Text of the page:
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    You can use git grep to use grep exclusively against files in your git repository (e.g. it will skip over node_modules, compiled – assuming you don’t commit those)

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      A long time ago i tried to solve this problem by writing something that would allow me to list, edit and remove comments like these with a simple tool. Getting it to work everywhere caused me to stop. I like this simple approach. View only. Let the programmer delete the comment.

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        An approach I like is to have a convention of attributing FIXMEs and TODOs right in the source, like

        // TODO (mjn 2015-10-31), should handle invalid messages more gracefully

        An advantage of this, vs. attributing authorship via the git authorship attribution, is that people can see the author/date right in their editor while editing the file, instead of having to run an external tool to get the comments matched up with authors. The date is especially nice since you can quickly tell whether this is the kind of TODO where someone is actively working on it, or is a 6-year-old forgotten TODO. You can also jump around looking for your own TODOs using your editor’s normal text-search functionality. Once the codebase has this convention established, people tend to be pretty good about adding their name to new FIXMEs and TODOs, though you can always fall back on the external tool if you find an unattributed one.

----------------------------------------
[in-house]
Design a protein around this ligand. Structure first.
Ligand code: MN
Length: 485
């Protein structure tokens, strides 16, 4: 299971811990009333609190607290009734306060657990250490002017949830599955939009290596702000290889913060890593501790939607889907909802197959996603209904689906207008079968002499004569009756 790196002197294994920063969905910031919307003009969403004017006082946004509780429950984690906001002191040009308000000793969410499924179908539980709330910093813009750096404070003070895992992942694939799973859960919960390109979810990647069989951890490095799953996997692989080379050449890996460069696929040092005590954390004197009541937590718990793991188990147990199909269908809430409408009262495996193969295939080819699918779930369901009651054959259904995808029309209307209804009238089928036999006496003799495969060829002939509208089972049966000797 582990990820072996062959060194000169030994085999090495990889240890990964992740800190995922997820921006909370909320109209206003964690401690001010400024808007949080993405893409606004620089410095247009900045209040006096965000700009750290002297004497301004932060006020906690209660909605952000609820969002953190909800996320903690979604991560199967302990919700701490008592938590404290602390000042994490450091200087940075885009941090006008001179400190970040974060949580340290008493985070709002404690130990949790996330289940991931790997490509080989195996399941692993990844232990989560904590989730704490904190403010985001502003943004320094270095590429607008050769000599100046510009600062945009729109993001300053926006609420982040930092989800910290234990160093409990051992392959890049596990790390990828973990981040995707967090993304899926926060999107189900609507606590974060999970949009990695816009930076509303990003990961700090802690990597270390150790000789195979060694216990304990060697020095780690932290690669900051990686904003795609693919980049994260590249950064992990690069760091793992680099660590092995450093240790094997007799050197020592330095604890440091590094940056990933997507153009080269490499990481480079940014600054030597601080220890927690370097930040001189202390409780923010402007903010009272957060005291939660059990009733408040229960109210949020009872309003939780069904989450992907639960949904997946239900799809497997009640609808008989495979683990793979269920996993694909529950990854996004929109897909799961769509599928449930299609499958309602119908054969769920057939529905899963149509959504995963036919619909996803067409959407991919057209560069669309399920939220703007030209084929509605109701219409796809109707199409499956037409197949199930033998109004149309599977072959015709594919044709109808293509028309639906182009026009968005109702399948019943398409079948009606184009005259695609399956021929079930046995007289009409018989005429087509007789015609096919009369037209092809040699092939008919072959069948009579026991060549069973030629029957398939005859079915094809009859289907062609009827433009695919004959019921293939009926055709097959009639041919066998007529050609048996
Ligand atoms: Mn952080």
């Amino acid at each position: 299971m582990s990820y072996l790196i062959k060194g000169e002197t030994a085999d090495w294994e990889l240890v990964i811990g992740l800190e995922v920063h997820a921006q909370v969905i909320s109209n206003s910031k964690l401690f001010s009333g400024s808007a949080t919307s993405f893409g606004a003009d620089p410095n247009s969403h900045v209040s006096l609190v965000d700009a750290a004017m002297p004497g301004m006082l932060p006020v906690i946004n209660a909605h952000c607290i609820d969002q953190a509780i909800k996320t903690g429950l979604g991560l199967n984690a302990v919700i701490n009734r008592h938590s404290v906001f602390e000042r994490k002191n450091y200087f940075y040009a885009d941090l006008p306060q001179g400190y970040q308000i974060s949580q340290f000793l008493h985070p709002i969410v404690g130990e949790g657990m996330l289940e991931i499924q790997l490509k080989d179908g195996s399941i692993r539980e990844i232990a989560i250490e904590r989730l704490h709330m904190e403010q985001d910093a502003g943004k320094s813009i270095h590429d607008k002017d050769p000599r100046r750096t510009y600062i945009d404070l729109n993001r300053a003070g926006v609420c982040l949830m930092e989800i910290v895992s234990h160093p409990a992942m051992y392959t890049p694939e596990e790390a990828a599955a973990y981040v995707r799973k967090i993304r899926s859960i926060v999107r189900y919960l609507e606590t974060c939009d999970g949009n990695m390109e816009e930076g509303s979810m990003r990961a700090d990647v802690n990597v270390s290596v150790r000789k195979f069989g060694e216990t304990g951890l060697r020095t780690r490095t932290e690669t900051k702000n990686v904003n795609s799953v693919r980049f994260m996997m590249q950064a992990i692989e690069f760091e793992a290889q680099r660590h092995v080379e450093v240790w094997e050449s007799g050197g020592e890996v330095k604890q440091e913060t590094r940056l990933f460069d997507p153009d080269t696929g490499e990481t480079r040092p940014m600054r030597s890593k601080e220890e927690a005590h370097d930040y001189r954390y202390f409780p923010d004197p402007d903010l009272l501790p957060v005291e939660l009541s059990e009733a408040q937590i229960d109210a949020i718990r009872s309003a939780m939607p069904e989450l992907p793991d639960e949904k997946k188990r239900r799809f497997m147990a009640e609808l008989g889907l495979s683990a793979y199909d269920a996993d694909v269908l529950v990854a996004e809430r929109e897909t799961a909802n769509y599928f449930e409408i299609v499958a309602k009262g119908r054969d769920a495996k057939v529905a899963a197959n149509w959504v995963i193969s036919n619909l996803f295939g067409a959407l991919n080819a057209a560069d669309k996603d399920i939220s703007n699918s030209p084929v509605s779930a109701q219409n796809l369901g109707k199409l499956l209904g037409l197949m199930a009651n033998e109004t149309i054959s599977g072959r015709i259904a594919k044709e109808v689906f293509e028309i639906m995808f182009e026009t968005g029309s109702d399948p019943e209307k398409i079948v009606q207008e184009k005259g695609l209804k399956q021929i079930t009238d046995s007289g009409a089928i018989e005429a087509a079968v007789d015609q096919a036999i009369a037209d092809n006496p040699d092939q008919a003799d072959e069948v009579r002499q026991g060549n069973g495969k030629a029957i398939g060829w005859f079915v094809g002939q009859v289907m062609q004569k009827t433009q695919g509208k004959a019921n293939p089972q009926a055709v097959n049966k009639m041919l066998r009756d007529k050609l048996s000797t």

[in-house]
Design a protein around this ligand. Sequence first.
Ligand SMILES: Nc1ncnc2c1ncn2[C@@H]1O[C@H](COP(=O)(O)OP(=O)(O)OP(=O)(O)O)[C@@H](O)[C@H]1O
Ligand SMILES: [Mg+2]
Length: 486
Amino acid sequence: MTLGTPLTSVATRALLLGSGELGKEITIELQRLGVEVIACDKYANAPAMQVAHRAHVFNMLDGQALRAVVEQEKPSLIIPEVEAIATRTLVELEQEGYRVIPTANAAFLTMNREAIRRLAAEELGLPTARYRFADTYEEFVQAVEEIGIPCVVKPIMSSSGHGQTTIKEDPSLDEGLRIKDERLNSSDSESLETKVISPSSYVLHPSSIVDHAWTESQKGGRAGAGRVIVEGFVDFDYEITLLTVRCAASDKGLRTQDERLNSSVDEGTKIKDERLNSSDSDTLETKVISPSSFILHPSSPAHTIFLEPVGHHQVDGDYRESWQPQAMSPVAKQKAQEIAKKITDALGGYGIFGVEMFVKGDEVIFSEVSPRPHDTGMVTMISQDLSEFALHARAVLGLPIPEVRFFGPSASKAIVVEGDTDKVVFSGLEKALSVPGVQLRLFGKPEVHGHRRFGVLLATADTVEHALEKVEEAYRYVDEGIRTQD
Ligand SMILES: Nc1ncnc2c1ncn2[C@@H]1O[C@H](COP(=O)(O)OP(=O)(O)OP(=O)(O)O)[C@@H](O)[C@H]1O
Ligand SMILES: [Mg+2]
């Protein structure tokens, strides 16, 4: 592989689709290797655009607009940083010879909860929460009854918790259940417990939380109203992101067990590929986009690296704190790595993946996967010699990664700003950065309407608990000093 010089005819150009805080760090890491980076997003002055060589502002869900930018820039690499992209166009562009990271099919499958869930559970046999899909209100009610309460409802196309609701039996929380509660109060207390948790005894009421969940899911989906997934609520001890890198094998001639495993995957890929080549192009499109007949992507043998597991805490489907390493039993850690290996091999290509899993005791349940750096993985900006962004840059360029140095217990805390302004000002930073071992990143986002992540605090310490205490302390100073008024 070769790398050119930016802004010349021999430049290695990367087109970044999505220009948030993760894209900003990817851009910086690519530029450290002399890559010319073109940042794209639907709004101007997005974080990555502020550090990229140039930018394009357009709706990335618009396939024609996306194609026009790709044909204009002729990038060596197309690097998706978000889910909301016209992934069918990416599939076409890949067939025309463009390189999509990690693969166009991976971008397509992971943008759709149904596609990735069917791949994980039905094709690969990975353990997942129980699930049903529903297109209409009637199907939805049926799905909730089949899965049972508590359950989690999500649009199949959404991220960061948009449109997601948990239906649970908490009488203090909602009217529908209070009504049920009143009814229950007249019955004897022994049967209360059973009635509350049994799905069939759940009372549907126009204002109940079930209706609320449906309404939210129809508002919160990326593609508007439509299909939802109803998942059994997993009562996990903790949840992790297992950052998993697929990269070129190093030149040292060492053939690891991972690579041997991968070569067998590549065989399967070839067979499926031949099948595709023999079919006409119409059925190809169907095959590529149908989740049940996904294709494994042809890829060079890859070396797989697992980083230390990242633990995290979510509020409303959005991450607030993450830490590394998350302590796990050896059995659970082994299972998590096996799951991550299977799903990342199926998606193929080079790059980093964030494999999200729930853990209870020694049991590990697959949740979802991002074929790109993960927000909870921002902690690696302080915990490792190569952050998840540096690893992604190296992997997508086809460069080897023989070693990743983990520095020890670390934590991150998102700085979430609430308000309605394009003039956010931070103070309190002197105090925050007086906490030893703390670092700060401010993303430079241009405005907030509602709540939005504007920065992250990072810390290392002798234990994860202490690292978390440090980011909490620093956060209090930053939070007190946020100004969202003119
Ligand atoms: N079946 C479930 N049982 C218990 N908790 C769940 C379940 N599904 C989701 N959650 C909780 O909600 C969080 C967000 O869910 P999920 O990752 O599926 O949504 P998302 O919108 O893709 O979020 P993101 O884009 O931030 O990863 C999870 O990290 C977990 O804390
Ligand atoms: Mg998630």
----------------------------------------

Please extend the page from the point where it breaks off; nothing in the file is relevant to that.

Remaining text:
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          This is a great idea. One other thing to consider is tracking todo comments as part of your CI build with something like the task scanner plugin. You might even decide to fail the build if the number of todos exceeded some threshold.

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            I feel like git hooks are not used enough. There is so much you could do with them! Btw, would this still work by commiting from an IDE ? I don’t know if the full output is retrieved when pushing via these “git plugin”

            Also, this script could be 100% POSIX compatible by replacing

            done < <(todo_list)


            todo_list | while IFS= read -r [...]

            allowing the (more portable) use of #!/bin/sh